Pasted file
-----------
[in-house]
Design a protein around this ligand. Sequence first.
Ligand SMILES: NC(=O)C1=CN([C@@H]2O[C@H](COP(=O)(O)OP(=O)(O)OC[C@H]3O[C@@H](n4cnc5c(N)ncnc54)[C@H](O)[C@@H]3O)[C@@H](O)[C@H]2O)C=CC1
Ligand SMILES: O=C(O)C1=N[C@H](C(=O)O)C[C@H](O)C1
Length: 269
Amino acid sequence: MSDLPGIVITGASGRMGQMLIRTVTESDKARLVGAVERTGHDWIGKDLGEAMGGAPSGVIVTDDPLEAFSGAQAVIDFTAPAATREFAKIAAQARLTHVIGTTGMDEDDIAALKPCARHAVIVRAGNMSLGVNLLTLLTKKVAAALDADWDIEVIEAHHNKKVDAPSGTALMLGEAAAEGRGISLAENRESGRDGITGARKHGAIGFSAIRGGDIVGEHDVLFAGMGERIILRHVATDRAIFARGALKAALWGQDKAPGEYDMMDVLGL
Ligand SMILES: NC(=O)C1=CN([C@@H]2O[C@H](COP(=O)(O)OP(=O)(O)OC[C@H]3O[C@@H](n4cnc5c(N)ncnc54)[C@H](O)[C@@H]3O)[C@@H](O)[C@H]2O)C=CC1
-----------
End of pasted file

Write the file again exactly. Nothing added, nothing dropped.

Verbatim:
[in-house]
Design a protein around this ligand. Sequence first.
Ligand SMILES: NC(=O)C1=CN([C@@H]2O[C@H](COP(=O)(O)OP(=O)(O)OC[C@H]3O[C@@H](n4cnc5c(N)ncnc54)[C@H](O)[C@@H]3O)[C@@H](O)[C@H]2O)C=CC1
Ligand SMILES: O=C(O)C1=N[C@H](C(=O)O)C[C@H](O)C1
Length: 269
Amino acid sequence: MSDLPGIVITGASGRMGQMLIRTVTESDKARLVGAVERTGHDWIGKDLGEAMGGAPSGVIVTDDPLEAFSGAQAVIDFTAPAATREFAKIAAQARLTHVIGTTGMDEDDIAALKPCARHAVIVRAGNMSLGVNLLTLLTKKVAAALDADWDIEVIEAHHNKKVDAPSGTALMLGEAAAEGRGISLAENRESGRDGITGARKHGAIGFSAIRGGDIVGEHDVLFAGMGERIILRHVATDRAIFARGALKAALWGQDKAPGEYDMMDVLGL
Ligand SMILES: NC(=O)C1=CN([C@@H]2O[C@H](COP(=O)(O)OP(=O)(O)OC[C@H]3O[C@@H](n4cnc5c(N)ncnc54)[C@H](O)[C@@H]3O)[C@@H](O)[C@H]2O)C=CC1